It’s common for people to confuse the purpose of a subpoena or summons and think they’re interchangeable terms. However, while both require that those receiving them make their way to court their purpose is very different. If you receive a summons, you’ll be the focus of the case, whereas with a subpoena what you know is vital in the outcome of the case.
What is a Subpoena?
A subpoena is a court ordered command, it requires that you do something – either testifying or producing information that could be helpful to either party. Subpoenas are used in both criminal and civil cases to compel someone to comply with a request for testimony or information.
There are two types of subpoenas. A subpoena ad testificandum and a subpoena duces tecum. The former requires you to submit evidence to the court in the form of documentation or other information but doesn’t require that you go to court personally. Whereas the subpoena duces tecum requires that you give verbal testimony that would be vital to the case.
What’s Included in a Subpoena?
Subpoenas contain the following information.
● The government or court that is requiring the presence of the person.
● The matter in question. This may be a lawsuit or an investigation.
● The details of when and where the person is ordered to appear.
● The penalty associated with not complying with the subpoena or not appearing at the appointed time and place.
How Can I Serve A Subpoena?
Subpoenas can be served in one of three ways:
1. Registered and Certified Mail – This is a special USPS service that ensures the sender that their item was delivered. After the item has been mailed, the sender will receive an official receipt. This also requires the mail carrier to get the signature of the recipient of the item, in this case, the subpoena.
2. Hand Delivered by the Sheriff – Using sheriffs to serve subpoenas may be straightforward, but it also has its drawbacks. Whether you pay the sheriff or have the court waive the fee for serving the subpoena, the sheriff is only required to try completing the service once.
3. Served by a Registered Process Server – If you want the subpoena to be served in a timely manner, using a process server is the best option. They will hand-deliver the document to the recipient. They will make multiple attempts, even in a single day just to make sure your item is delivered. This guarantees a more seamless proceeding overall.
For your subpoena be valid you need to ensure you’re following the correct procedure for its service. Since registered mail can be an unreliable means it is better that you have a sheriff, or a registered process server deliver the documents.
This way you have confirmation and proof that the subpoena was received by its intended recipient and that they were fully aware of their duties.
However, the most important reason of them all is that it benefits your case to have the subpoena served promptly and accurately.
Your partner for service of subpoena in New York should be a trusted agency in the state. They should cover a wide range of boroughs in the city, as well as in other counties.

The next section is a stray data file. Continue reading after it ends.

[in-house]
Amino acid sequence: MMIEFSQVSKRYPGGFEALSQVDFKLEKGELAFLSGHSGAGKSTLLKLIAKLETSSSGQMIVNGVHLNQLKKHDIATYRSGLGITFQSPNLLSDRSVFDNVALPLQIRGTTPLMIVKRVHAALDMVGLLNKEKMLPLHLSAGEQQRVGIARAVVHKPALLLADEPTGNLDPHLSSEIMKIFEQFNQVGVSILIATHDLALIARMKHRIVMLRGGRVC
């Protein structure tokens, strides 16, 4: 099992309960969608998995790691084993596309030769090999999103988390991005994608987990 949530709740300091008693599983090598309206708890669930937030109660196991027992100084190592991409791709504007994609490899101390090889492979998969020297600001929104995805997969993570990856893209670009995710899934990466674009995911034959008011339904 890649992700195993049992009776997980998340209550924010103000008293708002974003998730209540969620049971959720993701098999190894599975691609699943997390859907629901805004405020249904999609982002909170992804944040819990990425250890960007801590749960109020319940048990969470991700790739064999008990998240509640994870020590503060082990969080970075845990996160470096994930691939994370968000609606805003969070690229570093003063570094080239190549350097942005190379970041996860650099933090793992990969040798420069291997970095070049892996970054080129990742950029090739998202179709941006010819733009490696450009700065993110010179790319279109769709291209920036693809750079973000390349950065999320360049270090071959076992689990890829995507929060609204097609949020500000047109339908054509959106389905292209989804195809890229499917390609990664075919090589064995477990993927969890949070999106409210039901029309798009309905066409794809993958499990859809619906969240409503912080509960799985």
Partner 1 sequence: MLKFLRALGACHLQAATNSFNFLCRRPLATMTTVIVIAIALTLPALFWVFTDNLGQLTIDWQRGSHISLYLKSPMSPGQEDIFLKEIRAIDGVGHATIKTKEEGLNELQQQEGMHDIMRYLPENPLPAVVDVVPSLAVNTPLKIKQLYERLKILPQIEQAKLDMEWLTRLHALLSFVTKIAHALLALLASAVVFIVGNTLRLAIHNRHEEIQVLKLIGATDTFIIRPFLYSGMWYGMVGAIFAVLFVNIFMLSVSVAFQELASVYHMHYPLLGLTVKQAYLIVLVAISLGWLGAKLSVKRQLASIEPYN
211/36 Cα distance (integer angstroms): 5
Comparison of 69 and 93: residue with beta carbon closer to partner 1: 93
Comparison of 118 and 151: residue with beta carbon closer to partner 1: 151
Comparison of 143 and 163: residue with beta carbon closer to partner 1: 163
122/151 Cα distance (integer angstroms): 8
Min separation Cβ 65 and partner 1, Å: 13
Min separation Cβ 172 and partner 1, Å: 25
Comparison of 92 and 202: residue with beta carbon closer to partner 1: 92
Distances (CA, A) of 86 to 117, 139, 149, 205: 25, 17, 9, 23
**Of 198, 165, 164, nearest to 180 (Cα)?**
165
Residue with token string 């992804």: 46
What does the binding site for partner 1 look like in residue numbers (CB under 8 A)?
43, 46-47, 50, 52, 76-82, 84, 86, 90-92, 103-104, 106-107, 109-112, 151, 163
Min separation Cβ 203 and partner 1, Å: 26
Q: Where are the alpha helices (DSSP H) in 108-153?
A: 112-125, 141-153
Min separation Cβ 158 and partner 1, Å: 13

You should expect nothing less than real-time updates from your servers – from the time they leave the office for delivery to the moment the witness receives their subpoena. Like process serving defendants, time is of the essence when it comes to delivering subpoenas. As such, your provider should be able to deliver your request in less than a week. And if you’re in a bind, they should be able to accommodate rush or same-day service as well.
Do I Have To Go To Court If I Receive A Subpoena?
Subpoenas are court orders. That means they’re legally binding – regardless of your affiliation with the case. If you don’t obey a subpoena you will be held in contempt. Which will lead to being fined or jailed.
What is a Summons?
A summons on the other hand is more common than a subpoena and is served at the very beginning of a case as it notifies the defendant that they’re being sued.
How Can I Serve a Summons?
In New York City summons can be served by the sheriff, a registered process server or someone over 18 who isn’t linked to the case and is a citizen of New York. This person may not have served more than five summonses in the course of a year to be eligible.
What’s Included in a Summons?
Summons contains the following information.
● The name of the court that is issuing the summons.
● The name of the party receiving the summons.
● The names of the plaintiff and the defendant.
● The number assigned by the court to the case.
● The overview of the case.
● The schedule the defendant needs to follow to respond to the summons.
● Information on how the person receiving the summons should respond.
Do I Have to Go to Court if I Receive a Summons?
Absolutely. Just like a subpoena, a summons cannot be ignored. It’s both legally binding and crucial to a balanced and fair trial. However, unlike a subpoena you may not be fined or jailed for not appearing in court. The result of your failure to honor the summons would be that the plaintiff gets a default judgement. That said, once the case has been concluded, whatever the judge’s decision is, it is final. Therefore, regardless of whether you think the case and its contents is fair, if you want to protect your interests you need to file a response and appear in court.
Whether you’re embroiled in a court case or thinking of starting a civil case you’ll need your documents served by professionals. It’s something you may overlook if you’re not making your way to court often, but it’s a vital step in the success of your case.
Finding a reliable, meticulous and honest process server is New York City is as easy as hiring a server from Serve Index.